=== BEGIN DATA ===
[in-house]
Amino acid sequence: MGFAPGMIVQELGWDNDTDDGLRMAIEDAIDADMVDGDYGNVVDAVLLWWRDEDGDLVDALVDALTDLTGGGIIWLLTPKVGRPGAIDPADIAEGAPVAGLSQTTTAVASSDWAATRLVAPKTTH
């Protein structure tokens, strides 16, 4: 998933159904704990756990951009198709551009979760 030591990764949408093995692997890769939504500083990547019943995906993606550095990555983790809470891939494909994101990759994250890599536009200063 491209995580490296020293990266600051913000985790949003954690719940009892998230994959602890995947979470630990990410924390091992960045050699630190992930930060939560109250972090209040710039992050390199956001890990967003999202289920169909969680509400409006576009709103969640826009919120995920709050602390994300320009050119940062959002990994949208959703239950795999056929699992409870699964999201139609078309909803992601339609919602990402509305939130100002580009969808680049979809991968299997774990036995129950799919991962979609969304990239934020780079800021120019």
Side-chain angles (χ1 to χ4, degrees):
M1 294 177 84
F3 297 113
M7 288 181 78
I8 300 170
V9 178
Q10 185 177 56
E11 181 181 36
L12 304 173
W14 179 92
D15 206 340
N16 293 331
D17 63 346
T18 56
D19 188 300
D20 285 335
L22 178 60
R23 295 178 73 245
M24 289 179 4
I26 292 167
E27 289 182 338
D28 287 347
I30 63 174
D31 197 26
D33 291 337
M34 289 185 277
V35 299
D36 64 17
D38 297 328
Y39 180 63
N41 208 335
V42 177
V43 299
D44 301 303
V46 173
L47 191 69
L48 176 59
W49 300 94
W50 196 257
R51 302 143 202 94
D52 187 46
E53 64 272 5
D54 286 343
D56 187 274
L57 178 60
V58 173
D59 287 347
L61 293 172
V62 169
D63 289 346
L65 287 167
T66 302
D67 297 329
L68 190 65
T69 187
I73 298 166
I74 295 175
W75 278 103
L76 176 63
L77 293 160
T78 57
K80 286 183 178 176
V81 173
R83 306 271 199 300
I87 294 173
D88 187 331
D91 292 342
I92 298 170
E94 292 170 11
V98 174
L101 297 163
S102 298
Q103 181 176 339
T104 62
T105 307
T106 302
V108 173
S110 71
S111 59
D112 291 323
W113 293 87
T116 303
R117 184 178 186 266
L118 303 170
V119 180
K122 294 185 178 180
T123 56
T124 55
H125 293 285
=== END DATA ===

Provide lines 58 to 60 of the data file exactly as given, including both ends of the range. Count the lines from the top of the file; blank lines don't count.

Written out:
T69 187
I73 298 166
I74 295 175